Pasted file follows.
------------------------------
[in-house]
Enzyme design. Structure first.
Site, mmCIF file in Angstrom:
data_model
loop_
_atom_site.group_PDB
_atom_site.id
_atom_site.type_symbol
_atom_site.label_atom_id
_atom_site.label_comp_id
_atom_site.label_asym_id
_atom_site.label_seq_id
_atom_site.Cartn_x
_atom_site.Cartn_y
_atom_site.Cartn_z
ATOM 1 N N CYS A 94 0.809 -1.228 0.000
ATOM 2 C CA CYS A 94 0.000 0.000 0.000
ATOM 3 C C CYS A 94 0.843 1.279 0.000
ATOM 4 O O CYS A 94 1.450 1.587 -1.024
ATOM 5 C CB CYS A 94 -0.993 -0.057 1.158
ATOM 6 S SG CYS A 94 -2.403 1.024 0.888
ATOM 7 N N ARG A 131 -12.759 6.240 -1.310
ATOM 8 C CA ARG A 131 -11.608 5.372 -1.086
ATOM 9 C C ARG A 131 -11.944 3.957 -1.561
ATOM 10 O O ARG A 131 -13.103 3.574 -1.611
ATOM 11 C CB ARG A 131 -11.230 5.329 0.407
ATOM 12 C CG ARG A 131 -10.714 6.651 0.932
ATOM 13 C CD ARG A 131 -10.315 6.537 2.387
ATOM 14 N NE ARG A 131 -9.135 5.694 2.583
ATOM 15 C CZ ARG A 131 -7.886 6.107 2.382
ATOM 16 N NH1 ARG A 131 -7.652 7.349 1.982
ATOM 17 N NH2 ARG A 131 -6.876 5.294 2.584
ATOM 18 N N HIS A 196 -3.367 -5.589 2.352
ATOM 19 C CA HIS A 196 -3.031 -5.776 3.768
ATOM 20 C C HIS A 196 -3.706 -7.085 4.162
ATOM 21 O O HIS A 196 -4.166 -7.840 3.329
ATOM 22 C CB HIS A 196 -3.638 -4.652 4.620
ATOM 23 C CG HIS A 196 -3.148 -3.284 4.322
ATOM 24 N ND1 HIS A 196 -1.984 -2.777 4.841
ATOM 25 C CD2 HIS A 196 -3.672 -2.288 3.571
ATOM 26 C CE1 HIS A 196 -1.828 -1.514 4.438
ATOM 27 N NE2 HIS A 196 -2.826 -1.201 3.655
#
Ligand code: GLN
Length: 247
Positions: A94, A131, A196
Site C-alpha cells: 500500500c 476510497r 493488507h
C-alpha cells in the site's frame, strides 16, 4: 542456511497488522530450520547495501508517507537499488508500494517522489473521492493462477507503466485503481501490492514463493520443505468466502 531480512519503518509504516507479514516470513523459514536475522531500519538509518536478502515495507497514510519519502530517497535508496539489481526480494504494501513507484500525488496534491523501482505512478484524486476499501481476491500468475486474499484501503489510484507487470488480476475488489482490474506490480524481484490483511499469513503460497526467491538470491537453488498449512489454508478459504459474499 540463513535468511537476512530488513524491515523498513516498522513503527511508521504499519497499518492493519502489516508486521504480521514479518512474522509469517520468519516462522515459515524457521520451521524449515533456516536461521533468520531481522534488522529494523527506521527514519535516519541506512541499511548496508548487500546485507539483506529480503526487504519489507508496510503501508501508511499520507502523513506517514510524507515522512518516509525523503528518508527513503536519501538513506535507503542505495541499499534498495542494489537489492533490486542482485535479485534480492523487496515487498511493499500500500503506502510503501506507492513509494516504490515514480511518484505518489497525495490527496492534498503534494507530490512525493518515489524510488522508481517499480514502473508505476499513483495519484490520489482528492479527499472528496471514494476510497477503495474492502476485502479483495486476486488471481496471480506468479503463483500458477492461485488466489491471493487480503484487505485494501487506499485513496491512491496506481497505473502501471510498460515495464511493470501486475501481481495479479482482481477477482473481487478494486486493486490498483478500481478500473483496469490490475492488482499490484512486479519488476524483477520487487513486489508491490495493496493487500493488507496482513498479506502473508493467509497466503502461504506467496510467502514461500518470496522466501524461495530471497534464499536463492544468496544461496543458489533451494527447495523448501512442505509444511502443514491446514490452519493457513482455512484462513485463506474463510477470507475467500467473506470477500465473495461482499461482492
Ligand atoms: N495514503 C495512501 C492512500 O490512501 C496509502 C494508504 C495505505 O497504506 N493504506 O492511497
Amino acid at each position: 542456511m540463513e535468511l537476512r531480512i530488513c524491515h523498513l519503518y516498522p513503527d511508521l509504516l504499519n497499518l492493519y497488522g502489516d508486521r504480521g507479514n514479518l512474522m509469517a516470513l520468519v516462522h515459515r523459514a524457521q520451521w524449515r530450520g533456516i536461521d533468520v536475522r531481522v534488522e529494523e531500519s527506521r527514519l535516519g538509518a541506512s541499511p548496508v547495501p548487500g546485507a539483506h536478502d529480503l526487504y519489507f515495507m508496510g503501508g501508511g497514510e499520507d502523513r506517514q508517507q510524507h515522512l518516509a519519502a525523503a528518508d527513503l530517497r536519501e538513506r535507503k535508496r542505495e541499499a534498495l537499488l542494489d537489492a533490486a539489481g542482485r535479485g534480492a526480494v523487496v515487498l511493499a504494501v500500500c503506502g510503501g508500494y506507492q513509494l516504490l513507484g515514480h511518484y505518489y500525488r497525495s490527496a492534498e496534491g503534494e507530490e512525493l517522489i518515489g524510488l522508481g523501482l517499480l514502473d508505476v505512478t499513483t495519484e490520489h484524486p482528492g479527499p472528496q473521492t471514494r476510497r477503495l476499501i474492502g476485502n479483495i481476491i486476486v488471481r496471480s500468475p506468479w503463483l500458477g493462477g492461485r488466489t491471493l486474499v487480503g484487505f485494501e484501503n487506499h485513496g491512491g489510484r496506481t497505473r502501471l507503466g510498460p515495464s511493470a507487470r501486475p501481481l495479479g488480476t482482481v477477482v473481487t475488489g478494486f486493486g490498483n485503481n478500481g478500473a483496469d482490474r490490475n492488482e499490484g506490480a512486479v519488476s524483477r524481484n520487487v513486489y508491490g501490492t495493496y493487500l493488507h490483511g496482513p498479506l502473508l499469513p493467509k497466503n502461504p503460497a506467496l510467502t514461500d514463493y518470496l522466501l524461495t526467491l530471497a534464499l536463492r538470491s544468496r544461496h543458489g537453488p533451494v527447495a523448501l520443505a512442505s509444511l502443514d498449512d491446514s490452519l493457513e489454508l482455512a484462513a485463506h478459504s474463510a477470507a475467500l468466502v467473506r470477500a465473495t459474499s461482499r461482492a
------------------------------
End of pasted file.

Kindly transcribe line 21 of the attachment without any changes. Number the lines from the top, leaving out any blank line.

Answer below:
ATOM 6 S SG CYS A 94 -2.403 1.024 0.888